Greater Middle East
The Turkish intervention in northern Syria has set off open war between Free Syrian Army factions and the Rojava Kurds—which will only serve the interests of ISIS and Assad. Portrayed as an offensive against ISIS, the intervention has at least equally targeted the Kurds—the most effective anti-ISIS in Syria. Turkey, long accused of conniving with ISIS to weaken the Kurds, is now making a bid for its own "buffer zone" in north Syria, reducing or completely usurping the Rojava autonomous zone. The US is now torn between its NATO ally Turkey and the Kurdish-led Syrian Democratic Forces (SDF) it has been backing against ISIS. US Central Command on Aug. 30 claimed it hads secured a "loose agreement" for a ceasefire between Turkish and Kurdish forces. This was immediately refuted by Ankara, with cabinet minister Omer Celik saying flatly: "We do not accept in any circumstances a 'compromise or a ceasefire reached between Turkey and Kurdish elements." (MEE, Aug. 31)
Human rights organizations on Sept. 1 claimed mounting evidence shows Russia is behind the increasing number of cluster bombings in Syria. The accusations were levied in response to the annual Cluster Munition Monitor report (PDF) which found that Syrian government forces used 13 types of cluster munitions in more than 300 attacks. The cluster munition report maintains that civilians instead of opposition forces are often killed or harmed during munition usage, as some of the bombs have delayed detonation devices, essentially making them landmines. The report claims that not only are most of the munitions manufactured by Russia but also that the spike in their usage did not occur until after the joint Russian-Syrian military partnership began in September 2015.
The Nation magazine's avid Putin propagandist Stephen F. Cohen was featured in an online audio interview Aug. 17, once again dutifully parroting the Moscow line on Syria and Ukraine. But the Syria discussion reached a unprecedented nadir, even for him: echoing the standard Russian propaganda trick of conflating all rebel forces with ISIS—even as the Syrian rebels are actually fighting ISIS. This is another one to file under "Orwell would shit." But sincere "leftists" who only get their news from places like The Nation will never know they are being lied to. Reads the introductory text for the interview: "Putin needs a decision by Obama now as the crucial battle for Aleppo intensifies. Under his own pressure at home, Putin seems resolved to end the Islamic State's occupation of Syria, Aleppo being a strategic site, without or with US cooperation, which he would prefer to have." What does the Putin-Assad war on Aleppo have to do with the fight against ISIS? Absolutely nothing. ISIS is not in Aleppo. It's attempts to establish an enclave in the city were, in fact, repulsed by the very rebel forces that Moscow and Damascus are now savagely bombing.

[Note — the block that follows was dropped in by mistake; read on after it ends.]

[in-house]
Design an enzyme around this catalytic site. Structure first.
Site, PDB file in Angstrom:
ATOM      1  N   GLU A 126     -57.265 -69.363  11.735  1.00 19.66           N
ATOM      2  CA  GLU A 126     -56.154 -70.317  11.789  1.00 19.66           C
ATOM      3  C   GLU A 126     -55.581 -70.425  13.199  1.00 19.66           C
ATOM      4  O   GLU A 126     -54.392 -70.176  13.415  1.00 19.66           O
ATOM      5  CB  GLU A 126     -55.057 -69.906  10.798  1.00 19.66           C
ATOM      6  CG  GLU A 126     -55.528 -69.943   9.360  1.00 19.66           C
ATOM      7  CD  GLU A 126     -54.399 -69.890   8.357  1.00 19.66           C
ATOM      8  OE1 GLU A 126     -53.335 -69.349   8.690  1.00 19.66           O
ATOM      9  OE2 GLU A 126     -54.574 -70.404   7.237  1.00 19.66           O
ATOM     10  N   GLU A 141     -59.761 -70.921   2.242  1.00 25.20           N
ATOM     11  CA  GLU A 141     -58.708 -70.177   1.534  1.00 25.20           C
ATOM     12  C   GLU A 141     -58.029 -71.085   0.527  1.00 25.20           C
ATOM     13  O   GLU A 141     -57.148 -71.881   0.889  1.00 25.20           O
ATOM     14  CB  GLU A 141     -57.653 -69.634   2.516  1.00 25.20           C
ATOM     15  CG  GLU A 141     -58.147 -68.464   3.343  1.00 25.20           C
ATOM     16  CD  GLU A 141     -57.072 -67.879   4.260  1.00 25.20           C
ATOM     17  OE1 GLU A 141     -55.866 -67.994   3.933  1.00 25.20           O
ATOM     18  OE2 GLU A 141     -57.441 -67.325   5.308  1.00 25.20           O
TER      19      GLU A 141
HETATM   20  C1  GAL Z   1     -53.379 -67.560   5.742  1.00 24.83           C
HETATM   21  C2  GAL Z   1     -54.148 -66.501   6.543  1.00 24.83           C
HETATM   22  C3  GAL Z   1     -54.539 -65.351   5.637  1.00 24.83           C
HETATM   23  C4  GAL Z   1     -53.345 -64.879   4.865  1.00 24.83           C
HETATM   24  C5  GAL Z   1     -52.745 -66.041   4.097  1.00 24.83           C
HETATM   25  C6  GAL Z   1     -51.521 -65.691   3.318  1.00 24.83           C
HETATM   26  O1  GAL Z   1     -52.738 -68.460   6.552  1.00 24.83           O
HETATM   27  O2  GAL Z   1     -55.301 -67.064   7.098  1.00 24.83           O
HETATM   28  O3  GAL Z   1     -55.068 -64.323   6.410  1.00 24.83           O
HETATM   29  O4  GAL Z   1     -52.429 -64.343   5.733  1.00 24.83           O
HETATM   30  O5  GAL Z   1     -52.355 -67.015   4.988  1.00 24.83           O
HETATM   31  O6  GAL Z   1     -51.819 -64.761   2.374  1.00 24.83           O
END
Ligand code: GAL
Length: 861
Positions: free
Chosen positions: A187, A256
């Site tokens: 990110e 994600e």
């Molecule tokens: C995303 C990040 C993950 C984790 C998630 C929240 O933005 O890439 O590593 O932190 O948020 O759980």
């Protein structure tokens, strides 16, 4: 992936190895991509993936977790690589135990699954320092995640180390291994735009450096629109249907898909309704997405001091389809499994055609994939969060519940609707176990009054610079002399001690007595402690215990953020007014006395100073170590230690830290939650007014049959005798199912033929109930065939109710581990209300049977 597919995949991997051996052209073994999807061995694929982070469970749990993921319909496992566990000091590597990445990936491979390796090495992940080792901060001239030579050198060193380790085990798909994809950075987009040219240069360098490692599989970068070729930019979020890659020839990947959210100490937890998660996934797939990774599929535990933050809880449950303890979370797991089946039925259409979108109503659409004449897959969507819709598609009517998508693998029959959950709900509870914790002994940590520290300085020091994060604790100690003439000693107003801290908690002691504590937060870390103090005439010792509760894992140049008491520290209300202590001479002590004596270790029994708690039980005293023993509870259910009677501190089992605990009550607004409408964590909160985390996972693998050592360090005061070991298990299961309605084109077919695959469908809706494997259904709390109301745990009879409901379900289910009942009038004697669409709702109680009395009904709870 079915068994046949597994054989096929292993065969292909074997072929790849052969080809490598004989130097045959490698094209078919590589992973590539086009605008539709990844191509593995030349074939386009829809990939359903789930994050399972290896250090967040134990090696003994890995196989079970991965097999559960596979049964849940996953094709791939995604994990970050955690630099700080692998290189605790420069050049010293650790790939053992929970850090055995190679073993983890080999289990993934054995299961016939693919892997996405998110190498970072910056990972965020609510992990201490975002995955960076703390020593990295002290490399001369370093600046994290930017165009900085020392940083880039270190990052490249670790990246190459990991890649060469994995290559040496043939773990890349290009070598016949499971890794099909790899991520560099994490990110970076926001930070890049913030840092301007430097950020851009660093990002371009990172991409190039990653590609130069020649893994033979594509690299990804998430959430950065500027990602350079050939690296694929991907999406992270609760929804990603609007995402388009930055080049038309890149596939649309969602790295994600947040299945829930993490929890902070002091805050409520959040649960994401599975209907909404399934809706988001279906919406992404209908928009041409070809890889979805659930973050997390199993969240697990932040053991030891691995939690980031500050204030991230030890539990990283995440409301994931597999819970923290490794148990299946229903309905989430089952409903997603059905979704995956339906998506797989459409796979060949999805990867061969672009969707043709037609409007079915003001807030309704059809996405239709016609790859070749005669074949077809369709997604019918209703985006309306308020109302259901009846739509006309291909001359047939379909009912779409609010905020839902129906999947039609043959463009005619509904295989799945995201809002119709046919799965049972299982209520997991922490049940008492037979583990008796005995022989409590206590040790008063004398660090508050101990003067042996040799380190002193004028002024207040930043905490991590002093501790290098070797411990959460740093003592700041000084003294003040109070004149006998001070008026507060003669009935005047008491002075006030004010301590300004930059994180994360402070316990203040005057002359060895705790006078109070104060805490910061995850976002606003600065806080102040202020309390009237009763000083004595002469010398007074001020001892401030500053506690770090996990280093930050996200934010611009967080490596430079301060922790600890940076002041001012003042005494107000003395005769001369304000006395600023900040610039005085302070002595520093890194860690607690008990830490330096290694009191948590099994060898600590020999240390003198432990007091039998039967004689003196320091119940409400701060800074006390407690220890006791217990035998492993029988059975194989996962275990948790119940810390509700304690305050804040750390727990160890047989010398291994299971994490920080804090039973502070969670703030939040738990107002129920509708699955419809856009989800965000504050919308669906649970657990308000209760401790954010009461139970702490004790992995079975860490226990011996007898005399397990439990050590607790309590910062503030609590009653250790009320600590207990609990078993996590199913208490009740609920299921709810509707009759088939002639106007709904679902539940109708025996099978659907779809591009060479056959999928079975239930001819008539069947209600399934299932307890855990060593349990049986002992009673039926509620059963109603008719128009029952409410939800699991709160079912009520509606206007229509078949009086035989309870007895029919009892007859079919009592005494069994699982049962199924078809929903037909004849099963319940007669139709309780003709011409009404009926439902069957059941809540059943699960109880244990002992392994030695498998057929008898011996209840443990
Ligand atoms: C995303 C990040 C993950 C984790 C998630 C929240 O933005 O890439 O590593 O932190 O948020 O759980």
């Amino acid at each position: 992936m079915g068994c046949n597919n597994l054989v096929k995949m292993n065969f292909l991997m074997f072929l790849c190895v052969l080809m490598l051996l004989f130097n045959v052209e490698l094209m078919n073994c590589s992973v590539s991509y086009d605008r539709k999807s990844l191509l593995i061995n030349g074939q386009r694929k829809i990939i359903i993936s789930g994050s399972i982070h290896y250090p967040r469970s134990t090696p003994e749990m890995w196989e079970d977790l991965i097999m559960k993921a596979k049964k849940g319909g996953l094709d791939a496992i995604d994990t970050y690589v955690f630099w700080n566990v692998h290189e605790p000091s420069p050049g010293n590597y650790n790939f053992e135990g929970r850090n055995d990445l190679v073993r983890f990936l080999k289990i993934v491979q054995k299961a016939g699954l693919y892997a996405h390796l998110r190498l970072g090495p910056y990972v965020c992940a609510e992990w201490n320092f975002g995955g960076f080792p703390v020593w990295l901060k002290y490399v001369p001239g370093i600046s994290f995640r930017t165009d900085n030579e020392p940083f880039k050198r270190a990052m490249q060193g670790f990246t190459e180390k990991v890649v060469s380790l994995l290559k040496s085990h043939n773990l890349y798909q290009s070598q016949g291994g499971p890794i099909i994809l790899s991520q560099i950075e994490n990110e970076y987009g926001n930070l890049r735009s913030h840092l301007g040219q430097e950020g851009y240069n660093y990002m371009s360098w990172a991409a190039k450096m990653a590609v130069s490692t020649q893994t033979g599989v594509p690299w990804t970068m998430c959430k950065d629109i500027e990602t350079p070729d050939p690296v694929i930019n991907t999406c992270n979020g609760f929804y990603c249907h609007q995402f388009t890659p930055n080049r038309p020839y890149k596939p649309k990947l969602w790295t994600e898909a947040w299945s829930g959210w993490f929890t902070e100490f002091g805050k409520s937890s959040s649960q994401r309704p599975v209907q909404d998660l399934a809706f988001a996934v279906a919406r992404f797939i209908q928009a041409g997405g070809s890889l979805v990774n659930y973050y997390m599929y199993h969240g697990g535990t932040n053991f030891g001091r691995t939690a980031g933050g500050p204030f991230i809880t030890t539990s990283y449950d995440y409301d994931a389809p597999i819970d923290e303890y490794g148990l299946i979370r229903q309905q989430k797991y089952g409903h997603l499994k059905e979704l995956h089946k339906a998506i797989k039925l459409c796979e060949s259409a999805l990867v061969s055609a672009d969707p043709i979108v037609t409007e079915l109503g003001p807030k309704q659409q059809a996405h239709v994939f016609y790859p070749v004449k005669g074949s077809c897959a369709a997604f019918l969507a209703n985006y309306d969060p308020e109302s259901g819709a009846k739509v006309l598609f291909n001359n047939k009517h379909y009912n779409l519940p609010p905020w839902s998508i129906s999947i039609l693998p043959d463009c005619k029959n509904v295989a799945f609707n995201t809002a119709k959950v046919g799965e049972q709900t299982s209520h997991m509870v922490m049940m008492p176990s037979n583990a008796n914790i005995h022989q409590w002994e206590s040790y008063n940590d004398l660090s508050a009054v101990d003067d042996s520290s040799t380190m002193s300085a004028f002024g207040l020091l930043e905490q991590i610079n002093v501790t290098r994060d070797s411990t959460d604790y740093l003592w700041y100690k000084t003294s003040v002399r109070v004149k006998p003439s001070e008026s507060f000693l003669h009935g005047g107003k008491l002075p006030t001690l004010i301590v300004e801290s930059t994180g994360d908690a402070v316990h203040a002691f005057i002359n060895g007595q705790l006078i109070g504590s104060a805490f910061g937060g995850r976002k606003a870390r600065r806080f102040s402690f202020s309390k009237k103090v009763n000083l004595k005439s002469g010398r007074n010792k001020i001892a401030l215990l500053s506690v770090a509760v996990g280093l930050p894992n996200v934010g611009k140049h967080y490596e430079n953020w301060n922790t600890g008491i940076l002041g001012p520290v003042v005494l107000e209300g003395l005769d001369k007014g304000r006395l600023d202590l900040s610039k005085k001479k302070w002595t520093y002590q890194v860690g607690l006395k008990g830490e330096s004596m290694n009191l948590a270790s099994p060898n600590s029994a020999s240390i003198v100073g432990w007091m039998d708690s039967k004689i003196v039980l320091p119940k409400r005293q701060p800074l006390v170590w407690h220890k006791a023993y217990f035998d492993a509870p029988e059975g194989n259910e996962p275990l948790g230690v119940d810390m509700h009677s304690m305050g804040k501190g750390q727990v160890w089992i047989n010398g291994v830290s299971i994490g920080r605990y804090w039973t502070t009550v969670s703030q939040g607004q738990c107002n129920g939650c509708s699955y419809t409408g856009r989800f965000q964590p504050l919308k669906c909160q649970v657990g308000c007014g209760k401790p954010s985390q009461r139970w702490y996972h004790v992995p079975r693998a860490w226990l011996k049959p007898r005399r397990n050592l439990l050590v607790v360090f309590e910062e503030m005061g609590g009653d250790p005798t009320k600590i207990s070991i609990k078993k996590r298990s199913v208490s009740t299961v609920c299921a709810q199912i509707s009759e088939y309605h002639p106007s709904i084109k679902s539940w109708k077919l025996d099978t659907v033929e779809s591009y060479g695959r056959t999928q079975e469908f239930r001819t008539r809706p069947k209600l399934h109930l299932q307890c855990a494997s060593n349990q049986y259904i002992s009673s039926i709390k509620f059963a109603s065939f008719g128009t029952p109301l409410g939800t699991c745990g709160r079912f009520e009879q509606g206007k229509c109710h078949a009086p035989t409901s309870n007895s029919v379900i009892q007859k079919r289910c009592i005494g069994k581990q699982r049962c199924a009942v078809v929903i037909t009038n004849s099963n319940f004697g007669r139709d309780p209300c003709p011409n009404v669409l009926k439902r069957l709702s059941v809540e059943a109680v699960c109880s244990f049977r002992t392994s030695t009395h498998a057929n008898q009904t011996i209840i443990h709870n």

"Left" media in the US continue to portray a massive Washington program of support for the Syrian rebels to destabilize the regime of Bashar Assad—in spite of the utter baselessness of this thesis. We recently had to call out the ironically-named Fairness and Accuracy in Reporting (FAIR) for spreading such empty dogmatism in a piece entitled "Down the Memory Hole: NYT Erases CIA's Efforts to Overthrow Syria's Government." Despite the sketchy media accounts it cites of supposed CIA expenditures on Syrian rebels, we have repeatedly documented how the US is actually tilting to Assad in Syria's war. What limited aid is being made available is explicitly for use against ISIS—not Assad. We noted last year reports that the US is actually constraining the rebel forces from fighting Assad as a condition of receiving aid, insisting they fight only ISIS. Last week another such report ran on Lebanon's Now Media. Once again, a rebel commander from the FSA's Southern Front is quoted asserting that his forces were ordered by the US Military Operations Center in Jordan not to launch an offensive to retake the town of Sheikh Maskin—which had fallen to the regime when the MOC earlier this year ordered the Southern Front to concentrate on an offensive against ISIS rather than defending its territory. So the price of such arms that the US does provide the rebels is ceding territory to the regime. Let us know how you want your crow prepared, FAIR.